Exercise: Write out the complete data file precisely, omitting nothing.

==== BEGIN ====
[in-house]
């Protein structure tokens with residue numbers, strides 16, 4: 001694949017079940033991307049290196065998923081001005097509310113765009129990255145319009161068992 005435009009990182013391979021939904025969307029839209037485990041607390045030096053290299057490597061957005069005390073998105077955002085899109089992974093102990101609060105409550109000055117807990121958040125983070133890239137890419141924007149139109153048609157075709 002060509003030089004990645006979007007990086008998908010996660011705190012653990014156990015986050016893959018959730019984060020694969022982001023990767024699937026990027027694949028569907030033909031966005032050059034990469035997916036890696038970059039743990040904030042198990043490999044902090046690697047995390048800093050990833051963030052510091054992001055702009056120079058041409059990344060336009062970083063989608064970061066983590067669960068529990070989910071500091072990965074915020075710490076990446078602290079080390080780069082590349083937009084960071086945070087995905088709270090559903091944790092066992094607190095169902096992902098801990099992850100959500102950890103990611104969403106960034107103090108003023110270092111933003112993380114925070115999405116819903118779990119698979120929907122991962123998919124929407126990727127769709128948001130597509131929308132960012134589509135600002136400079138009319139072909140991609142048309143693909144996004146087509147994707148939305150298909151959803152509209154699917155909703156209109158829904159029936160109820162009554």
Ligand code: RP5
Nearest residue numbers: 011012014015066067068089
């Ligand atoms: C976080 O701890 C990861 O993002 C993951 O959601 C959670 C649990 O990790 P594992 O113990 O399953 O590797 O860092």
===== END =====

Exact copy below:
[in-house]
């Protein structure tokens with residue numbers, strides 16, 4: 001694949017079940033991307049290196065998923081001005097509310113765009129990255145319009161068992 005435009009990182013391979021939904025969307029839209037485990041607390045030096053290299057490597061957005069005390073998105077955002085899109089992974093102990101609060105409550109000055117807990121958040125983070133890239137890419141924007149139109153048609157075709 002060509003030089004990645006979007007990086008998908010996660011705190012653990014156990015986050016893959018959730019984060020694969022982001023990767024699937026990027027694949028569907030033909031966005032050059034990469035997916036890696038970059039743990040904030042198990043490999044902090046690697047995390048800093050990833051963030052510091054992001055702009056120079058041409059990344060336009062970083063989608064970061066983590067669960068529990070989910071500091072990965074915020075710490076990446078602290079080390080780069082590349083937009084960071086945070087995905088709270090559903091944790092066992094607190095169902096992902098801990099992850100959500102950890103990611104969403106960034107103090108003023110270092111933003112993380114925070115999405116819903118779990119698979120929907122991962123998919124929407126990727127769709128948001130597509131929308132960012134589509135600002136400079138009319139072909140991609142048309143693909144996004146087509147994707148939305150298909151959803152509209154699917155909703156209109158829904159029936160109820162009554």
Ligand code: RP5
Nearest residue numbers: 011012014015066067068089
């Ligand atoms: C976080 O701890 C990861 O993002 C993951 O959601 C959670 C649990 O990790 P594992 O113990 O399953 O590797 O860092």